The Government has confirmed it will repeal the law that penalises solo mothers who refuse to name the father of their child, drawing criticism from the opposition.
The law was introduced so that fathers could be traced and made to pay child support.
Mothers who refuse to name a father can have their benefit payments reduced.
Social Development Minister Carmel Sepuloni told RNZ there was no evidence the law was achieving its purpose.
"What it has done is have a negative financial impact on the parent who - more often than not - was the woman raising the children," she said.
National Party leader Bill English says the Government's move will almost certainly mean there'll be fewer fathers supporting children in the way they should be.
Mr English says the former government thought the sanction was right.
"It's been in place for quite some time and it fits in with the notion around child support that the absent parent, generally a father, has responsibilities," he said.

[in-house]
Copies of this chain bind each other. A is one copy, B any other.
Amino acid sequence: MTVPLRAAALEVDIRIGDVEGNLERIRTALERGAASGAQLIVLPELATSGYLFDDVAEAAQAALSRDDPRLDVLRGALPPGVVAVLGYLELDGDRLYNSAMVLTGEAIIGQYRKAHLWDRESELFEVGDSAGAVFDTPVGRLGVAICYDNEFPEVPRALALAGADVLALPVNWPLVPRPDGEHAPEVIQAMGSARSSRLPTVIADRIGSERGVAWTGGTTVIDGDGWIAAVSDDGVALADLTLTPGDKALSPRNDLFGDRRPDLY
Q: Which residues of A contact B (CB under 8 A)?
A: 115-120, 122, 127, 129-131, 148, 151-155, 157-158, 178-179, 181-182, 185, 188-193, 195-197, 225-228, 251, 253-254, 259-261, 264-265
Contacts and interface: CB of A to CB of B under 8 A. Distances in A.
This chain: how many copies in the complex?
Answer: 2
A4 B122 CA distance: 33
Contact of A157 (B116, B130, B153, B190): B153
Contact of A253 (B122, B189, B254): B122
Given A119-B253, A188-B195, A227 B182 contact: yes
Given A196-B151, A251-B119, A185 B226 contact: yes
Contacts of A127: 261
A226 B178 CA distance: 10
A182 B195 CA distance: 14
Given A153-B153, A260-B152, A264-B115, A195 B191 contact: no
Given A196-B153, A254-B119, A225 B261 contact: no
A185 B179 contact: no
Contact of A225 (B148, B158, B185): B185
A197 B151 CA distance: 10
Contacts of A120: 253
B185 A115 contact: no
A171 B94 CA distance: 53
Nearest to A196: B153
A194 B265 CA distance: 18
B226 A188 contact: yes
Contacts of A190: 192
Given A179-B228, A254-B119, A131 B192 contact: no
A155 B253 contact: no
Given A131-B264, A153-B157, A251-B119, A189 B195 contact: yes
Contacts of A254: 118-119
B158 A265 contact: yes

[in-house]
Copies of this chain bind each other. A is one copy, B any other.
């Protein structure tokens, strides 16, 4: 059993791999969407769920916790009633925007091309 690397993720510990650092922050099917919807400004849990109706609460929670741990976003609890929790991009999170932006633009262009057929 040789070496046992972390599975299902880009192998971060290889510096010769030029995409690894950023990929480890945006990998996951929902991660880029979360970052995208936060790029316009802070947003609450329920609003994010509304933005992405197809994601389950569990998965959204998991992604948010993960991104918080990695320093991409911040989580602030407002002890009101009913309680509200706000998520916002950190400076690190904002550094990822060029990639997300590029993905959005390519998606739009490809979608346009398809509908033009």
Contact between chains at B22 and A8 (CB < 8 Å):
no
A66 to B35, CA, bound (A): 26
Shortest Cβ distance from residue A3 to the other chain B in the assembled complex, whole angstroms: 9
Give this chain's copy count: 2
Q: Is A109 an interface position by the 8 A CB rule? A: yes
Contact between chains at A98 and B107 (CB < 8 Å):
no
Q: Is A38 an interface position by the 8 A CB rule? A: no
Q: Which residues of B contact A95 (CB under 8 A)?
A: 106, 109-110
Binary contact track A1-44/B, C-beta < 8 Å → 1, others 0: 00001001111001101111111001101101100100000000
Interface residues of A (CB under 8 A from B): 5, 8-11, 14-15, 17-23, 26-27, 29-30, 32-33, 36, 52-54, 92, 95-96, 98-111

"The system can't enforce those responsibilities if it doesn't know who they are. So with the removal of that obligation it's almost certain there'll be fewer fathers supporting the children in the way they should be."
Former social development minister Paula Bennett, who introduced the law imposing the penaties, says there are exemptions for women who have valid reasons for refusing to name fathers.
"If they couldn't name the father they do not get penalised. And there's actually exceptions around domestic violence and rape and things where there are valid reasons for a woman not to name a father. And in those there were clear exemptions," Ms Bennett told reporters.
"It's quite a big thing to be dropping it," she said.
"Now there will be a lot of pressure not to name the father so he doesn't have any responsibilities."